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Department Of Truth 4 Main

"The Department of Truth #4" Comic Review

Written by James Ferguson

Published by Image Comics

article-cover

Written by James Tynion IV
Illustrated by Martin Simmonds
Lettered by Aditya Bidikar
2020, 32 Pages, $3.99
Comic released on December 23rd, 2020

Review:

Cole Turner is still settling in at his new job at the Department of Truth. He's learned the basics as to what the group is fighting and the horrors it's trying to put down before they change the world for the worse. When a couple of reporters start sniffing around, he's tested as to how far he's willing to go in order to keep the organization's existence a secret.

You know how a joke isn't funny if you have to explain it? That's how I feel about The Department of Truth #4. Writer James Tynion IV firmly establishes the rules of this world and the terrifying possibilities that could pop up over the first three issues. This one over-explains it, using further examples to show how the latest political conspiracies like Pizza Gate and the Deep State could plant a seed in reality. It's completely unnecessary at this point.

This is a bummer, as we're coming off one of the scariest single issues I've read all year with The Department of Truth #3. There is literally a double-page spread in this book where two reporters talk through twelve separate examples of weird shit they got pointing them in the direction of this clandestine group. It kills any and all momentum the series has built up so far.

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Fortunately, the story comes around again by the end, although not to the heights seen in the previous chapter. Cole has been somewhat mild-mannered throughout the series, however he's plagued by his own encounters with some unexplained entities from his past. Is his yearning to get to the bottom of this enough to push him over the edge?

Letterer Aditya Bidikar keeps things moving with a wholly unique style that fits so well in this book. Each word balloon looks like it was hastily cut out of a newspaper for a ransom note or quickly scrawled over redacted information as part of a cover up.

As usual, Martin Simmonds' artwork is nothing short of amazing. I am continually impressed by Simmonds' ability to use this medium to visualize big concepts in such a fascinating way. Imagine walking through a hologram world, where anything you think or say could pop up in front of you. That's kind of like how this works, with images of politicians, flags, and demons swirling around the characters as they talk through these complex ideas. This would have been a super dry issue if not for this incredible artwork.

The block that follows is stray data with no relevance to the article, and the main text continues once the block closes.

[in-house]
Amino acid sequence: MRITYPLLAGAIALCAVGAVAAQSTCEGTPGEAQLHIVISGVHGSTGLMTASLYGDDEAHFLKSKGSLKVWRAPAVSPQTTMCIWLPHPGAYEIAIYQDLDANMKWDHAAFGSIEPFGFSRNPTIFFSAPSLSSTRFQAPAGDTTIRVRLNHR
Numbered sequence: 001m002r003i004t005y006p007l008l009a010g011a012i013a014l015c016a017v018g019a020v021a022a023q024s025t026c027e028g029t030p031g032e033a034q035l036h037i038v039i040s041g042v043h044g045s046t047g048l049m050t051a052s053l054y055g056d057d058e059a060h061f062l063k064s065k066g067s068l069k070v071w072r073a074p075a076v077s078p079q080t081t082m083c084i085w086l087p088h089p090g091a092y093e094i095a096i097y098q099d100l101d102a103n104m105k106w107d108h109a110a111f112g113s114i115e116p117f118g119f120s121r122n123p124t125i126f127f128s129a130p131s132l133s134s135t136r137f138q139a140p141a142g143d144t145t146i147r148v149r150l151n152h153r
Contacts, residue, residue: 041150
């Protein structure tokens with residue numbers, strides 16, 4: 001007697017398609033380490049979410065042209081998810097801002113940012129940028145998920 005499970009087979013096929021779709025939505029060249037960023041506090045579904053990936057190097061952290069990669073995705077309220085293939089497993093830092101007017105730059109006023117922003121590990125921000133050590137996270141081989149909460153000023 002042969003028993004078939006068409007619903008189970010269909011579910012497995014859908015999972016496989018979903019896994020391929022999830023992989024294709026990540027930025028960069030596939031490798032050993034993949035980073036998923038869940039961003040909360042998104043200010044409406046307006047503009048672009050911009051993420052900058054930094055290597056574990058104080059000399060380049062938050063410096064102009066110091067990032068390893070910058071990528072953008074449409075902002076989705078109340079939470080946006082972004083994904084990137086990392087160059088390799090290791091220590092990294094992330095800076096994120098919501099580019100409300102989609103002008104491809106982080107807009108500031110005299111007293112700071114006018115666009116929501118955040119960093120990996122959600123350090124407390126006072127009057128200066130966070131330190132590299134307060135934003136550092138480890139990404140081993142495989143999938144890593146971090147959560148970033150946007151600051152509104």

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The color work is off the charts in these sequences, with reds rising up like flames from Hell to signify the chaotic and dangerous nature of the insidious Black Hat organization. Just in case you couldn't tell, these guys are up to no good. Although, some of the actions Cole is forced to take will make you question who the bad guys really are.

Another chunk of The Department of Truth #4 is seen as a surveillance video of the two reporters. The images are grainy with lines across them to give them that closed circuit TV vibe and it works to further the conspiracy angle considerably.

After some incredible opening issues, The Department of Truth plateaus with this chapter. We already know the basics, so there's no need to show us even more examples. You had me at lizard men and flat-Earthers in the first issue. I'm eager to see what Black Hat is up to and how they plan to effectively destabilize the world with their actions. It's clear that no one is getting out of this without blood on their hands.

Grades:

Story: Twoandahalfstars Cover
Buy from Amazon US.
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Buy from Amazon UK.
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Art: fivestars
Overall: 3 Star Rating

About The Author
James Ferguson
Lord of the Funny Books
James has a 2nd grade reading level and, as a result, only reads books with pictures. Horror is his 5th favorite genre right after romantic comedy and just before silent films. No one knows why he's here, but he won't leave.
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